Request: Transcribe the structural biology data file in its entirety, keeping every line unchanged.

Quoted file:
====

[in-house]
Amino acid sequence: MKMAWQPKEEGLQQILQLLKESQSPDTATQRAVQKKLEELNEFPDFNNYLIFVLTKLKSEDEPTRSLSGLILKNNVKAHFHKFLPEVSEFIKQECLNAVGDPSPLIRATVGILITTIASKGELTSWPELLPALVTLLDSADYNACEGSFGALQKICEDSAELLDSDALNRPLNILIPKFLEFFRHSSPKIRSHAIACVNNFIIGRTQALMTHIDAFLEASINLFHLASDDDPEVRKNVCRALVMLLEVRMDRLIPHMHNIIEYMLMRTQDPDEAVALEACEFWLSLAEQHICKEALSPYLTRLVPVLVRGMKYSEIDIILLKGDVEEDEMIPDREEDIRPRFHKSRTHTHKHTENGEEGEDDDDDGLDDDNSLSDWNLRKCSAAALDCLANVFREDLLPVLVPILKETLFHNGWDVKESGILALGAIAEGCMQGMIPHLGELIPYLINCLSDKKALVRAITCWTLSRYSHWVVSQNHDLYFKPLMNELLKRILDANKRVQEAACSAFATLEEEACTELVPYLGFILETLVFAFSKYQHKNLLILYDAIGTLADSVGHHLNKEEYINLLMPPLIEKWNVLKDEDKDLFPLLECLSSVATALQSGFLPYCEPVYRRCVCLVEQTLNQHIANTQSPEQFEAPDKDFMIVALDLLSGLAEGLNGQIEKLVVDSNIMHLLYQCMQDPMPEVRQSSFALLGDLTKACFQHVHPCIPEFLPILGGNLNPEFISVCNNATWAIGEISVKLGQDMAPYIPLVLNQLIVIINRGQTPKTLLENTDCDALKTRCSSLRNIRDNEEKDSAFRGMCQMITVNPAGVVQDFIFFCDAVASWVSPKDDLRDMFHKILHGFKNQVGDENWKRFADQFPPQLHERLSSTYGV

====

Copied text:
[in-house]
Amino acid sequence: MKMAWQPKEEGLQQILQLLKESQSPDTATQRAVQKKLEELNEFPDFNNYLIFVLTKLKSEDEPTRSLSGLILKNNVKAHFHKFLPEVSEFIKQECLNAVGDPSPLIRATVGILITTIASKGELTSWPELLPALVTLLDSADYNACEGSFGALQKICEDSAELLDSDALNRPLNILIPKFLEFFRHSSPKIRSHAIACVNNFIIGRTQALMTHIDAFLEASINLFHLASDDDPEVRKNVCRALVMLLEVRMDRLIPHMHNIIEYMLMRTQDPDEAVALEACEFWLSLAEQHICKEALSPYLTRLVPVLVRGMKYSEIDIILLKGDVEEDEMIPDREEDIRPRFHKSRTHTHKHTENGEEGEDDDDDGLDDDNSLSDWNLRKCSAAALDCLANVFREDLLPVLVPILKETLFHNGWDVKESGILALGAIAEGCMQGMIPHLGELIPYLINCLSDKKALVRAITCWTLSRYSHWVVSQNHDLYFKPLMNELLKRILDANKRVQEAACSAFATLEEEACTELVPYLGFILETLVFAFSKYQHKNLLILYDAIGTLADSVGHHLNKEEYINLLMPPLIEKWNVLKDEDKDLFPLLECLSSVATALQSGFLPYCEPVYRRCVCLVEQTLNQHIANTQSPEQFEAPDKDFMIVALDLLSGLAEGLNGQIEKLVVDSNIMHLLYQCMQDPMPEVRQSSFALLGDLTKACFQHVHPCIPEFLPILGGNLNPEFISVCNNATWAIGEISVKLGQDMAPYIPLVLNQLIVIINRGQTPKTLLENTDCDALKTRCSSLRNIRDNEEKDSAFRGMCQMITVNPAGVVQDFIFFCDAVASWVSPKDDLRDMFHKILHGFKNQVGDENWKRFADQFPPQLHERLSSTYGV